Cardinal Angelo Scola, archbishop of the world’s largest diocese – Milan, and a leading contender for the Throne of St. Peter at the 2013 Conclave, significantly ahead of Cardinal Jorge Mario Bergoglio by the handicappers;
Cardinal Timothy Dolan, archbishop of New York.
This last name is a surprise. Cardinal Dolan is high profile – punto e basta. But he was overlooked by his American brother-bishops when the U.S. Conference of Catholic Bishops named its delegation to the Synod. And to add insult to this injury, the USCCB did include Archbishop Charles Chaput, the decidedly conservative ordinary of Philadelphia. However, the Pope has the prerogative of naming delegates of his own to the Synod; ‘it’s good to be the Pope’ as Mel Brooks might say.
So as the opening date approached, Cardinal Dolan got his admission ticket to the Synod directly from Francis, giving the cardinal a voice and one vote among the 270 that will be cast by the Church fathers when the conclusions of the Synod are presented for endorsement.
It is really not a stretch to believe that Francis named the NY cardinal in the hope of support for the pontiff’s agenda.
Francis convened the Synod in 2014 to move through by consensus some modest pastoral proposals involving divorced couples and gay Catholics.
Keep in mind that the Pope’s global popularity is built upon his personal style, as well as a message of mercy and inclusiveness.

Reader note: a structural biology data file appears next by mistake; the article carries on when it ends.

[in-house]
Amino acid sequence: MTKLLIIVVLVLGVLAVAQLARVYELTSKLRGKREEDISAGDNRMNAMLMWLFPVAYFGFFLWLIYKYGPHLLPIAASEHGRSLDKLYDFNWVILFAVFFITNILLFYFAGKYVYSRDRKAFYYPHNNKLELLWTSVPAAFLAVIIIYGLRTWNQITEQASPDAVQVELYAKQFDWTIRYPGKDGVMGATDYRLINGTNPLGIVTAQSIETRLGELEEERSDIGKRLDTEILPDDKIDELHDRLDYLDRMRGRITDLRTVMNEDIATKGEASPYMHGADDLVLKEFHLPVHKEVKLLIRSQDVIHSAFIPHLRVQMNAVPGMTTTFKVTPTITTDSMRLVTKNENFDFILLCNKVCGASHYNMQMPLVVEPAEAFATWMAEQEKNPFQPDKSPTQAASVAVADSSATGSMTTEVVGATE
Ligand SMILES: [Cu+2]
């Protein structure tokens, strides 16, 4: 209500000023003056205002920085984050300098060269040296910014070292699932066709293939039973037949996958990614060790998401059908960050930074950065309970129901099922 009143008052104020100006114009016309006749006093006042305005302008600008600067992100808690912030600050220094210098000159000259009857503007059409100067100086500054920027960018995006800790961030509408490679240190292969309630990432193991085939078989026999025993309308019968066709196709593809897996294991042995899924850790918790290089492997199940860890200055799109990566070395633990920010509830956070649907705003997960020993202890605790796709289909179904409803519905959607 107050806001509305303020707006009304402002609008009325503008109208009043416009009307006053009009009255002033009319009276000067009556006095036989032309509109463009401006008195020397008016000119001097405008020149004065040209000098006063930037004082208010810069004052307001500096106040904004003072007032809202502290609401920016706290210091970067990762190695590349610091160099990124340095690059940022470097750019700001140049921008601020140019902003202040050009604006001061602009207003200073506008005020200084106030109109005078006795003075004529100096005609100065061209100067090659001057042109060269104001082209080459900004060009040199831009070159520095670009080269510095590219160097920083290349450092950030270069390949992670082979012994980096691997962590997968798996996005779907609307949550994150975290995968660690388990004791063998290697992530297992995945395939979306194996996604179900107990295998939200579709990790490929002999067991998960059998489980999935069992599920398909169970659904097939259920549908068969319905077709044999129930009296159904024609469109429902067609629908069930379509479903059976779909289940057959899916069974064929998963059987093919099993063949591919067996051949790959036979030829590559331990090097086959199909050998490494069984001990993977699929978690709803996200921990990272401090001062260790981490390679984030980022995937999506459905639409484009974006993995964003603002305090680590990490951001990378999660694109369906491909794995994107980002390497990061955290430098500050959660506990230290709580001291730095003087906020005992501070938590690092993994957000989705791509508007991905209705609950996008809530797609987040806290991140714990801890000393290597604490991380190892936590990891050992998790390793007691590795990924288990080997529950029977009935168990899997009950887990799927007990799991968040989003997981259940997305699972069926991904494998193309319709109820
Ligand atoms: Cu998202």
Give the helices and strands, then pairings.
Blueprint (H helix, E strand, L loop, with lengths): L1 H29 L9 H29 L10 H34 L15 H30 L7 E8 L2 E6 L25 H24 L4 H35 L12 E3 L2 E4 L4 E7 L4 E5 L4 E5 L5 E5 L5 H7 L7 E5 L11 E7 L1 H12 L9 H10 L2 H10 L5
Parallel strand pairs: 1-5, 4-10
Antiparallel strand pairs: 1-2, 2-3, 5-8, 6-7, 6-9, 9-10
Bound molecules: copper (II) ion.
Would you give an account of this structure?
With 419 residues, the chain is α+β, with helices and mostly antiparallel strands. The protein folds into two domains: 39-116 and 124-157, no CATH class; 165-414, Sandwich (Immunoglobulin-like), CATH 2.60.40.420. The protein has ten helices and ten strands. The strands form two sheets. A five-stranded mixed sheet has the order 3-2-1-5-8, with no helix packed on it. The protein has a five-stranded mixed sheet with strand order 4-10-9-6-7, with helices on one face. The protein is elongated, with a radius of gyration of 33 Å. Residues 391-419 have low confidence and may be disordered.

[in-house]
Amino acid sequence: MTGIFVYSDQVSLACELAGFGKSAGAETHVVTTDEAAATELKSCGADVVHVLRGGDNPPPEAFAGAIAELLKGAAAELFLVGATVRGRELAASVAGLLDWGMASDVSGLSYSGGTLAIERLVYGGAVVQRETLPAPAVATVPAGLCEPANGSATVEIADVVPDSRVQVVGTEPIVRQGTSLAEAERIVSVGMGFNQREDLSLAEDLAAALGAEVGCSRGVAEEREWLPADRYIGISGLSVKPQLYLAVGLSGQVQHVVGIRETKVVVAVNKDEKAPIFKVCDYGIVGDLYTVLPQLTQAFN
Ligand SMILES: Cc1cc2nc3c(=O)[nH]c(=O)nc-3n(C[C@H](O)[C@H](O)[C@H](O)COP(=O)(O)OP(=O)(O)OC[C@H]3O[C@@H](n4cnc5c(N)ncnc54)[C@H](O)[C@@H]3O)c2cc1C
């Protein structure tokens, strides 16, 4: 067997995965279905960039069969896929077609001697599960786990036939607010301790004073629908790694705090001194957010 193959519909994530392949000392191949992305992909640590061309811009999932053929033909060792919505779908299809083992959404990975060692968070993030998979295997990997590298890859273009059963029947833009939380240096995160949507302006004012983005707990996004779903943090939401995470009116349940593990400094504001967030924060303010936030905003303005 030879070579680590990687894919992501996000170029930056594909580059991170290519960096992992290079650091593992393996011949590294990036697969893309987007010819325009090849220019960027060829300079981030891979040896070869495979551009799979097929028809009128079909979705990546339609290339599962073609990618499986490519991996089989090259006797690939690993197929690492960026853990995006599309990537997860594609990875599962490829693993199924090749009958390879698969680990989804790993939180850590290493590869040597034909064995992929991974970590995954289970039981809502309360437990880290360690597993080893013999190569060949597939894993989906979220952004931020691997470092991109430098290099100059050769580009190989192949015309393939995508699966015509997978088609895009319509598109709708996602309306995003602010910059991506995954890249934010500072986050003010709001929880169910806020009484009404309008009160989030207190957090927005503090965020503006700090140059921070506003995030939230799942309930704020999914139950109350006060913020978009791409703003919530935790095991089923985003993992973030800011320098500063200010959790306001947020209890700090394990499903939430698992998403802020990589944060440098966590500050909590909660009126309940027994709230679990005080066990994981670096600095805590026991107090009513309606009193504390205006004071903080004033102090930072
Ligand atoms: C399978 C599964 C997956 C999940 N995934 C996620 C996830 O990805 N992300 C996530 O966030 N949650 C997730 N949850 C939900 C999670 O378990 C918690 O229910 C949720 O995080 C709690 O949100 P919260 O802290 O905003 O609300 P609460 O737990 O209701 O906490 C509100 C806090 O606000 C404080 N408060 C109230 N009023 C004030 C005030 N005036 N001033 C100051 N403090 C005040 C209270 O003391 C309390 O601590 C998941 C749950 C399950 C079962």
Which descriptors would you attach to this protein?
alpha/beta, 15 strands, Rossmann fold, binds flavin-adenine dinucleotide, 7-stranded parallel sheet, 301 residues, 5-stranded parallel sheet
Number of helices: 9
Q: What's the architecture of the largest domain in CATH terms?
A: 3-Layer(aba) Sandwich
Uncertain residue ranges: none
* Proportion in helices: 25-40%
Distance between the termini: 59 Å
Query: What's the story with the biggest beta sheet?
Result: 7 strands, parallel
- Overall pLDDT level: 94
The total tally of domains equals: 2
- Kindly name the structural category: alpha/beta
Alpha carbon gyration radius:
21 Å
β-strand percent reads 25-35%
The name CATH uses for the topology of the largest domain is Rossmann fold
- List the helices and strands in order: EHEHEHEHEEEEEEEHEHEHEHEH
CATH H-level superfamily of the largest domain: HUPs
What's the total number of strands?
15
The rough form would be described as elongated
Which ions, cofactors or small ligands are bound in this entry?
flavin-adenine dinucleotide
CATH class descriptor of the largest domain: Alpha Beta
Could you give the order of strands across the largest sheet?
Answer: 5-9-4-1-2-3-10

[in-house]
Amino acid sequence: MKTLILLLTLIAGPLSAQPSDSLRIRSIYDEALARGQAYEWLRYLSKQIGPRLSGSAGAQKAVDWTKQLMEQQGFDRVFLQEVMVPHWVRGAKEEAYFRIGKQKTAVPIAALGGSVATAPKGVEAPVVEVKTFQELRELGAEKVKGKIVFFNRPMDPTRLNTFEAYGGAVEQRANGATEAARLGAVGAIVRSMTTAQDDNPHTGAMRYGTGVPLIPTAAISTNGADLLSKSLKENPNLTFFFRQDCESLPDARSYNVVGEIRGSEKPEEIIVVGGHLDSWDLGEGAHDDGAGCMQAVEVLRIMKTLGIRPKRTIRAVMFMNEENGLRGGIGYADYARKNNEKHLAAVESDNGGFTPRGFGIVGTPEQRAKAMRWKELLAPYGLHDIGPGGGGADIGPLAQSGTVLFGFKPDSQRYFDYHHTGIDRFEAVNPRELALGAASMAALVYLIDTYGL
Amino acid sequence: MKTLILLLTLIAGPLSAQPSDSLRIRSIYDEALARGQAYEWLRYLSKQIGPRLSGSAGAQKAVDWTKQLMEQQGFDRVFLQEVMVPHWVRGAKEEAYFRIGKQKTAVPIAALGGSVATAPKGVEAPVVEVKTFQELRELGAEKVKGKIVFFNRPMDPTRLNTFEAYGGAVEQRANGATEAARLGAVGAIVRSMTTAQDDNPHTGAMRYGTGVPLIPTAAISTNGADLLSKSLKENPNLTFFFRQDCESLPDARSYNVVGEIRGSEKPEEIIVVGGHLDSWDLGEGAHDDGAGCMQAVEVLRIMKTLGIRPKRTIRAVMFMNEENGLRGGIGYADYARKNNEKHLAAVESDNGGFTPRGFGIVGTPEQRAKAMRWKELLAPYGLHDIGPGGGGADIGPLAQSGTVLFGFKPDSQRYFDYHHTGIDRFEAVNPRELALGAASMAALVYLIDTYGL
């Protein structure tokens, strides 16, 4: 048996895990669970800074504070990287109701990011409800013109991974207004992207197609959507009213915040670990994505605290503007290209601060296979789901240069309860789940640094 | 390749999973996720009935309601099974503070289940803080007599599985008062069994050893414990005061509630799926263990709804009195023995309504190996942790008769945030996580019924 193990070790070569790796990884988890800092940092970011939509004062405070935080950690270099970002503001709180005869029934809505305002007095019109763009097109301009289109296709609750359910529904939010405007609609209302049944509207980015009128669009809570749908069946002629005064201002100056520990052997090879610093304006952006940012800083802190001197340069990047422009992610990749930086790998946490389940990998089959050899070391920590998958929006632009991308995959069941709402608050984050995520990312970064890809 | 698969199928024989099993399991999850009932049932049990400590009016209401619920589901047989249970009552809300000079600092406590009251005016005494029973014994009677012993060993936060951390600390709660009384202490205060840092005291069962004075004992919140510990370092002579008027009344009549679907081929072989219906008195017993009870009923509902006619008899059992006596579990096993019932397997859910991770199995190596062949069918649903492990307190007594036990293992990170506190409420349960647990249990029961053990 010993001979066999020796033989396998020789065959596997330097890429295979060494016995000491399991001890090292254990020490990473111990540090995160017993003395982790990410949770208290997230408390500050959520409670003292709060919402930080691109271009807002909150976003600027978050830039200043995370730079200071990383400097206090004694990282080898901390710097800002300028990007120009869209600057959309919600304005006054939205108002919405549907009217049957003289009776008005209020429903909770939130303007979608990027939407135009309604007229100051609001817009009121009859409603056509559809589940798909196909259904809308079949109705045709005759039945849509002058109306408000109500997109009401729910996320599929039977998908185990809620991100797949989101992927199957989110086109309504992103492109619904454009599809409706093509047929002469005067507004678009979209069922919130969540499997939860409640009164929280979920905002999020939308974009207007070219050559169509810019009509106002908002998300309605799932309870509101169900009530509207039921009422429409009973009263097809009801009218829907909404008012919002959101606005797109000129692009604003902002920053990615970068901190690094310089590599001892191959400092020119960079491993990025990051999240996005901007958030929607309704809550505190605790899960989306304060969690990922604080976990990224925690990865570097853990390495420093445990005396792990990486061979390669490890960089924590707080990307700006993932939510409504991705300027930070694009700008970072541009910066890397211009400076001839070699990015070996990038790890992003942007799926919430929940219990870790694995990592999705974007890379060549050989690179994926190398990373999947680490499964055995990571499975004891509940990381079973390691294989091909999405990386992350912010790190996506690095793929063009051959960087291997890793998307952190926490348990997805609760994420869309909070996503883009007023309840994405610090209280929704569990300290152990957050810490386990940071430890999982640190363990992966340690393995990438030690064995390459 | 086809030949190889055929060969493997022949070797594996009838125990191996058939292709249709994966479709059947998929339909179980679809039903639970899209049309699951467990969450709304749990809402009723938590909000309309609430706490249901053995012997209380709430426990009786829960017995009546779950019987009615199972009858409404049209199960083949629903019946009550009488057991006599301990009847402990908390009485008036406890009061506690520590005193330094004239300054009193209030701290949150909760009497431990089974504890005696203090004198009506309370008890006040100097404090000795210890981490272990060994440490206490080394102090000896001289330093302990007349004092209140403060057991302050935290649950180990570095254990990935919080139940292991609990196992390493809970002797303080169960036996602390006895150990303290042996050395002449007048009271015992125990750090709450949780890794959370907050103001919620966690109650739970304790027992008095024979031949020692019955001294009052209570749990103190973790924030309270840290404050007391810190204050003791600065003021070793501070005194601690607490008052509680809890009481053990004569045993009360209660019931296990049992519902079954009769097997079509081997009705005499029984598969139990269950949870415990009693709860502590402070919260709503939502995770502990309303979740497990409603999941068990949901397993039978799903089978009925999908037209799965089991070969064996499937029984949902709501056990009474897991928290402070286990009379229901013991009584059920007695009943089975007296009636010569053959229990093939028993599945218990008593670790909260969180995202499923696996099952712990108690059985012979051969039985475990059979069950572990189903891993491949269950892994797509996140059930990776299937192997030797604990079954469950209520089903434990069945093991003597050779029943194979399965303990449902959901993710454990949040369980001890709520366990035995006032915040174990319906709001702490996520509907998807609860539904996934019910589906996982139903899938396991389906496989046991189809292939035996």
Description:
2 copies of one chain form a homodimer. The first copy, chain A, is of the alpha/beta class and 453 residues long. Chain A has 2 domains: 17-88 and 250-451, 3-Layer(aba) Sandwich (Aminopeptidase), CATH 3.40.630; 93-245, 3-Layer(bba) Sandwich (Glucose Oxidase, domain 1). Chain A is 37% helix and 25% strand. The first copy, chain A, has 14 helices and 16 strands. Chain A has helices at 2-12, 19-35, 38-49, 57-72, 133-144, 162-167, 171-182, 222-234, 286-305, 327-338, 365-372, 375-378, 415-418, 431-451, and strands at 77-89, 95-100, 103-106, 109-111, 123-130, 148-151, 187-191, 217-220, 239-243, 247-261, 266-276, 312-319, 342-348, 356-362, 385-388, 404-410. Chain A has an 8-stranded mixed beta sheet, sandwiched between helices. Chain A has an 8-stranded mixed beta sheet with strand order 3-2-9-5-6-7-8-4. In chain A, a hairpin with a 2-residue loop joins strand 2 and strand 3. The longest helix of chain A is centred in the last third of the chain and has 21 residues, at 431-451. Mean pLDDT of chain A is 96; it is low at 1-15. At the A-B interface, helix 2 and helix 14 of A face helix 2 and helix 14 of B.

BUT NO DOCTRINAL CHANGES, as yet.
The Synod is his chosen mechanism for doctrinal (oops, make that ‘pastoral’) reform.
However, the law of unintended consequences may be at work as the Synod develops a life of its own.
Thirty years ago a reformist leader took over a global empire that had been stuck in a doctrinal time warp for 70 years, the USSR. In retrospect it is clear that Mikhail Gorbachev was not a revolutionary, not even a CIA plant (as millions of Russians still believe), but a believing Communist (to this day) who launched two reform initiatives:
Transparency (glasnost) and restructuring (perestroika), both of these entirely within the four corners of Marxist orthodoxy.
And where is Russia today? Heading back to the USSR in all but name.
It is worth remembering Alexis de Tocqueville’s famous observation:
The most dangerous moment for a bad government is usually when it begins to reform itself.
To which one might add, regarding faith-based empires: